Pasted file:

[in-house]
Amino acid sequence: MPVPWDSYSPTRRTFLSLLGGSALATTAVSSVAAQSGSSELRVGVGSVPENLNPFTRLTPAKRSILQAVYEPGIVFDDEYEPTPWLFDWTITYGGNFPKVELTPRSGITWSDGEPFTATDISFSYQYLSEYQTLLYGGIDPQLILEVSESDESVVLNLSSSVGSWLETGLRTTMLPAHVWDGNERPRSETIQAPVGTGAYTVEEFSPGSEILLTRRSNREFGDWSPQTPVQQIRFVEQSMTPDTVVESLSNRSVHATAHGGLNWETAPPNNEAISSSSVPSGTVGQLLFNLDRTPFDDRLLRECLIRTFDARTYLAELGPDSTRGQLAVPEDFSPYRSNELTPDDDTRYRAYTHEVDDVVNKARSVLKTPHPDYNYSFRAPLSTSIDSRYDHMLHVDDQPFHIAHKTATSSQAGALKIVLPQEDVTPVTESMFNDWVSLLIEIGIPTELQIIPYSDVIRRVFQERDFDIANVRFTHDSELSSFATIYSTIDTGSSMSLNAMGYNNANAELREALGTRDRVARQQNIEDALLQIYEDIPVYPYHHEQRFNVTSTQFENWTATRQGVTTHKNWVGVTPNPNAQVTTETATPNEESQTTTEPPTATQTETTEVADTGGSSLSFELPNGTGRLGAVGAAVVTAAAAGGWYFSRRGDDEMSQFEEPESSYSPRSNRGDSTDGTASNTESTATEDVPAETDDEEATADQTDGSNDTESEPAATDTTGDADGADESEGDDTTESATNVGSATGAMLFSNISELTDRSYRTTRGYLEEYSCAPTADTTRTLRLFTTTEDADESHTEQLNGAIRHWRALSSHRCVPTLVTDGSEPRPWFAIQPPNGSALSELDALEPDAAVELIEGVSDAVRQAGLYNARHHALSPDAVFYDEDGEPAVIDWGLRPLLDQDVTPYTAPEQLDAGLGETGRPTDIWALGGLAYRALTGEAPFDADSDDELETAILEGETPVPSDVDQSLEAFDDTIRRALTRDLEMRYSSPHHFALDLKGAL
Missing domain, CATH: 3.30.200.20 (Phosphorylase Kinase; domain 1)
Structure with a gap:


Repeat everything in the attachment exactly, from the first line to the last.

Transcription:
[in-house]
Amino acid sequence: MPVPWDSYSPTRRTFLSLLGGSALATTAVSSVAAQSGSSELRVGVGSVPENLNPFTRLTPAKRSILQAVYEPGIVFDDEYEPTPWLFDWTITYGGNFPKVELTPRSGITWSDGEPFTATDISFSYQYLSEYQTLLYGGIDPQLILEVSESDESVVLNLSSSVGSWLETGLRTTMLPAHVWDGNERPRSETIQAPVGTGAYTVEEFSPGSEILLTRRSNREFGDWSPQTPVQQIRFVEQSMTPDTVVESLSNRSVHATAHGGLNWETAPPNNEAISSSSVPSGTVGQLLFNLDRTPFDDRLLRECLIRTFDARTYLAELGPDSTRGQLAVPEDFSPYRSNELTPDDDTRYRAYTHEVDDVVNKARSVLKTPHPDYNYSFRAPLSTSIDSRYDHMLHVDDQPFHIAHKTATSSQAGALKIVLPQEDVTPVTESMFNDWVSLLIEIGIPTELQIIPYSDVIRRVFQERDFDIANVRFTHDSELSSFATIYSTIDTGSSMSLNAMGYNNANAELREALGTRDRVARQQNIEDALLQIYEDIPVYPYHHEQRFNVTSTQFENWTATRQGVTTHKNWVGVTPNPNAQVTTETATPNEESQTTTEPPTATQTETTEVADTGGSSLSFELPNGTGRLGAVGAAVVTAAAAGGWYFSRRGDDEMSQFEEPESSYSPRSNRGDSTDGTASNTESTATEDVPAETDDEEATADQTDGSNDTESEPAATDTTGDADGADESEGDDTTESATNVGSATGAMLFSNISELTDRSYRTTRGYLEEYSCAPTADTTRTLRLFTTTEDADESHTEQLNGAIRHWRALSSHRCVPTLVTDGSEPRPWFAIQPPNGSALSELDALEPDAAVELIEGVSDAVRQAGLYNARHHALSPDAVFYDEDGEPAVIDWGLRPLLDQDVTPYTAPEQLDAGLGETGRPTDIWALGGLAYRALTGEAPFDADSDDELETAILEGETPVPSDVDQSLEAFDDTIRRALTRDLEMRYSSPHHFALDLKGAL
Missing domain, CATH: 3.30.200.20 (Phosphorylase Kinase; domain 1)
Structure with a gap: